Put simply, a workflow is a sequence of tasks that need to be done to complete a goal. It’s the way that people get work done – they follow a series of repeatable tasks that are set out in a workflow. Workflows help give direction and clarity to many tasks within a business. The business environment can be busy and chaotic, and one person may have to complete entirely different types of tasks every day.
Workflows exist for almost every element in business. If a goal requires several tasks to complete it, then you can make a workflow. So, what about customer service? Today we’re going to look at 6 types of customer service workflows as well as why workflows are important for improving the customer experience.
6 Customer Service Workflows for Improving Customer Experience
1. Customer Onboarding
Customer onboarding is essential to a successful business. All businesses want to enjoy some form of passive customer influx. You spend money on marketing so that the customers come to you. They find your website, sign up for your newsletter or buy a product. However, if you fail to connect with customers early on, you can lose them forever. This is what customer onboarding is all about.
A customer onboarding workflow might look like this:
Welcome Email > First Login > Product tutorial email > Engagement email (2/3 weeks later).
At this point, you can decide whether the customer is engaged. Have they clicked on the emails? Have they followed tutorials? How many times have they logged into the website? Each business will set their own thresholds for what engagement or interest looks like for a new customer. Whatever the threshold is, customers should be separated based on whether they meet the criteria or not. Engaged customers may get put in Group 1. These customers can be sent more information such as webinars or digital events.
Customers who are not engaged will be placed in Group 2. It’s not a good idea to keep sending regular emails with more information about your business and products to these customers. They are demonstrating that they are not interested, and if you keep pushing, you risk turning their opinion from disinterested to annoyed. Instead, you should send Group 2 customer communications only when there is a significant sale on your products. This may persuade them to buy your products, giving them the push, they need to become engaged.
When we say significant sales, we mean a planned sale that would be attractive to these customers. It’s not a good idea to try and game this mechanic by sending regular emails to these customers with slightly discounted products. If the consumer is completely disengaged from your company, for example, they are not opening the emails and maybe haven’t even completed the signup process. Don’t frustrate them by spamming them with emails, you are more likely to encourage them to unsubscribe than convert them into a customer.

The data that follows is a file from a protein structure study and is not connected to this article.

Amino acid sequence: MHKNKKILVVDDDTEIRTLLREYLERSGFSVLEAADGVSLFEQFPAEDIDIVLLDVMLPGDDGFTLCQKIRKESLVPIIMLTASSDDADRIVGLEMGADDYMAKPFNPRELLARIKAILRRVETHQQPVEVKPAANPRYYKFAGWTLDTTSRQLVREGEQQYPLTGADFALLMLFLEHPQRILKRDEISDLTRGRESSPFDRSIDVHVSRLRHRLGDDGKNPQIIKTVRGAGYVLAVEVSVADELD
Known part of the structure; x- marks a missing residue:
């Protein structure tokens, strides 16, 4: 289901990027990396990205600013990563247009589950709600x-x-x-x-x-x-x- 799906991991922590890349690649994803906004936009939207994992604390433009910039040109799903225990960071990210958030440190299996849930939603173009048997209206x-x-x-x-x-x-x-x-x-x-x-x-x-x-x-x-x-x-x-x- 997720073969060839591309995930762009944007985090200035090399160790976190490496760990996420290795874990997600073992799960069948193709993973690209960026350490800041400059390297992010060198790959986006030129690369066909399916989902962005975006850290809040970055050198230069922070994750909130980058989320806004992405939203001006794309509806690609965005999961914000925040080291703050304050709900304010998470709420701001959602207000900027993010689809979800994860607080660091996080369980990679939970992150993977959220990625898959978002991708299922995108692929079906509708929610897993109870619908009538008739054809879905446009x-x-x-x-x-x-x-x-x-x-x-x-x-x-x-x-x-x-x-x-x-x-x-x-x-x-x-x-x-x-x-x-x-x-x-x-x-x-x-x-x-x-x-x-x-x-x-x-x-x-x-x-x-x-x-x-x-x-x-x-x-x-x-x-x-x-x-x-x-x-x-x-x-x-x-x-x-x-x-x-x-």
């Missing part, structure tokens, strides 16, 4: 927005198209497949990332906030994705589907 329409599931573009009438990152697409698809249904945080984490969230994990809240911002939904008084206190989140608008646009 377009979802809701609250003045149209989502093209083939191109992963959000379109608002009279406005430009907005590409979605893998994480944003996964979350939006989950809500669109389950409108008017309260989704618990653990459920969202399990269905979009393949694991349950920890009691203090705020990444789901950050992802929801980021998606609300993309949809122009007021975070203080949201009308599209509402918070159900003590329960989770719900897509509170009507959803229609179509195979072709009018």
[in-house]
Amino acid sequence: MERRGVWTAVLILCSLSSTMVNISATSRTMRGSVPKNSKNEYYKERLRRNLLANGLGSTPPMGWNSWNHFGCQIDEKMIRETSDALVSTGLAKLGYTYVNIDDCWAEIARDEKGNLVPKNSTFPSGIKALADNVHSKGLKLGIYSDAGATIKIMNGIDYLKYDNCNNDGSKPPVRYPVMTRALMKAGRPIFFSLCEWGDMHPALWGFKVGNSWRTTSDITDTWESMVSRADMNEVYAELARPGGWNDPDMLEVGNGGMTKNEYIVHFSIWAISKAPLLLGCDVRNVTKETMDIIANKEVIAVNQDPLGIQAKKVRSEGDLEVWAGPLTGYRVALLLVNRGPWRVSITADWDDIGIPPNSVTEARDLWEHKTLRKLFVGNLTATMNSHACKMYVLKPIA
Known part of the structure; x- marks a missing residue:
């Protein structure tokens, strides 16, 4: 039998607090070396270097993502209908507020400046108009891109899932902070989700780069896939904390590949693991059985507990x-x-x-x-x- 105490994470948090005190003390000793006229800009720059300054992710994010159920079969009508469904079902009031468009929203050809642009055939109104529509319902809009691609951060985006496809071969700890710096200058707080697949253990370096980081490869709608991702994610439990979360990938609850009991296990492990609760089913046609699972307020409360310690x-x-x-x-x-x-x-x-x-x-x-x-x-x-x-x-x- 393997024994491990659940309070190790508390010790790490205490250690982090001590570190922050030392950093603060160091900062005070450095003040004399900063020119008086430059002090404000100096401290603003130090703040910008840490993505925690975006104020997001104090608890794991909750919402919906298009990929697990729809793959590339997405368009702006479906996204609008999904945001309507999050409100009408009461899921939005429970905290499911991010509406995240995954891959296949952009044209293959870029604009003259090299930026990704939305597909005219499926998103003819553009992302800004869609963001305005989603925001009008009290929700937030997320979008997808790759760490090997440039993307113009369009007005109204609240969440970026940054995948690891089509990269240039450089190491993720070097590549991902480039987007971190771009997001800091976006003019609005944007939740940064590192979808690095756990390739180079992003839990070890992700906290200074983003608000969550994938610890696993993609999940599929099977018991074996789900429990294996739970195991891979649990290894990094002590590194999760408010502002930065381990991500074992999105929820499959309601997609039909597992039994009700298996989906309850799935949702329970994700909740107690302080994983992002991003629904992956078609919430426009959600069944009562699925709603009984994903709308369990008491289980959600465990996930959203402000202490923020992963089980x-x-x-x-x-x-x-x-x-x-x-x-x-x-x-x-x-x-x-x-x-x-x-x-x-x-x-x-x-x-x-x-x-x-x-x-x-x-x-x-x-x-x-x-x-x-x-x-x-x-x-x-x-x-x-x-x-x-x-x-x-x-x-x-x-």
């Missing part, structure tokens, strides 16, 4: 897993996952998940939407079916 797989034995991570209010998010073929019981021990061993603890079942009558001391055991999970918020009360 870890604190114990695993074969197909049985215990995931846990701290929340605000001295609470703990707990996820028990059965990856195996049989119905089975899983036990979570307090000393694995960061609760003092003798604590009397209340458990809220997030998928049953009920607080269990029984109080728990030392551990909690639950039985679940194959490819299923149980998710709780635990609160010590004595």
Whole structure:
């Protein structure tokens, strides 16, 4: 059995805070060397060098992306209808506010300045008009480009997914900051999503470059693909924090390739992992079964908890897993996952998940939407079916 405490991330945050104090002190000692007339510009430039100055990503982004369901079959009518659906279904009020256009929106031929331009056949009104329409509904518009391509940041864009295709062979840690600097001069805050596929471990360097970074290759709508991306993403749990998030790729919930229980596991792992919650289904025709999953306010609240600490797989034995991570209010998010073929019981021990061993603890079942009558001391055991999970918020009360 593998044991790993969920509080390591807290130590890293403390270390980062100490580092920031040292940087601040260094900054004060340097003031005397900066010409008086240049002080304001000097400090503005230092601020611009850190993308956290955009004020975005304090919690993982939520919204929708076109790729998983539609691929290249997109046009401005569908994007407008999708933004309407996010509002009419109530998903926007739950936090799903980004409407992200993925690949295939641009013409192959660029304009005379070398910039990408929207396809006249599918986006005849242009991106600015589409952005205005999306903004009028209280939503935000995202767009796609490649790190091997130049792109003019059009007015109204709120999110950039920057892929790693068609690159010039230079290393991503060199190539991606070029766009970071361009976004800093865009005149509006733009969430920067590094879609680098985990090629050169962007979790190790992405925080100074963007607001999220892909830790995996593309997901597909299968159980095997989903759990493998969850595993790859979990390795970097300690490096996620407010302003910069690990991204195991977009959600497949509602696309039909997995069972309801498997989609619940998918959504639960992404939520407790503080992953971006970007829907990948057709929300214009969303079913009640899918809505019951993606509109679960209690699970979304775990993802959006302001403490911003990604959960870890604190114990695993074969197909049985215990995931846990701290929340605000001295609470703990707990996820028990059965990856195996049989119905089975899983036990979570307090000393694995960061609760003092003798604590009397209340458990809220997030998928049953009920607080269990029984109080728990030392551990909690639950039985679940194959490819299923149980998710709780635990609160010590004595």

If you think two groups are too narrow, you can create three groups, or even four, five, six, or seven. The onboarding can be personalized to better meet the expectations of these groups.
2. Customer Issue Resolution
Customer issue resolution is the steps that need to be taken to successfully solve a customer complaint. It’s critical to get issue resolution right, otherwise, customers can become frustrated. If you get it wrong, they might think your agent (and your company by extension) is incompetent. They might think that you don’t care about their issue or them as a customer. This can be the nail in the coffin for customer experience!
A customer issue resolution workflow might look like this:
Customer reports and issue > a ticket is generated, and severity level/priority is assigned > Customer is assigned the best agent > Interaction between customer/agent to resolve the issue
The next step is the interaction between the agent and the customer. These actions will happen at this stage:
- The agent greets the customer in a friendly way and asks them to explain the issue.
- The agent listens intently
- They repeat the issue back to the customer for confirmation.
- They explain to the customer how the problem will be resolved and keep the customer on the line while this is done (if possible).
- Once the issue has been resolved, the agent will ask if there is anything else they can help the customer with (a second issue). If the answer is no, then the call will be closed after a polite goodbye.
- The customer will receive an email or message as a receipt of their issue being resolved.
3. Technical Issue Resolution
Technical issue resolution is an important part of improving customer experience. Customer service and technical support are included under the same umbrella of customer support, but they are distinct roles that require distinct workflows. Customer service is focused more on the customer experience. Customer service reps want customers to walk away with a positive feeling. They want the customer to feel at ease and also get a real feel for the brand and what it represents.
By contrast, technical support is focused on the perceived or actual deficiencies or bugs with the product. If the product is not functioning properly, this can have a very negative effect on customer experience, so the technical support team is focused on fixing these issues as quickly as possible. While a customer service agent will spend more time empathizing with the customer and listening intently to their complaint, the technical support agent will typically only ask questions that are needed to fix the problem most efficiently.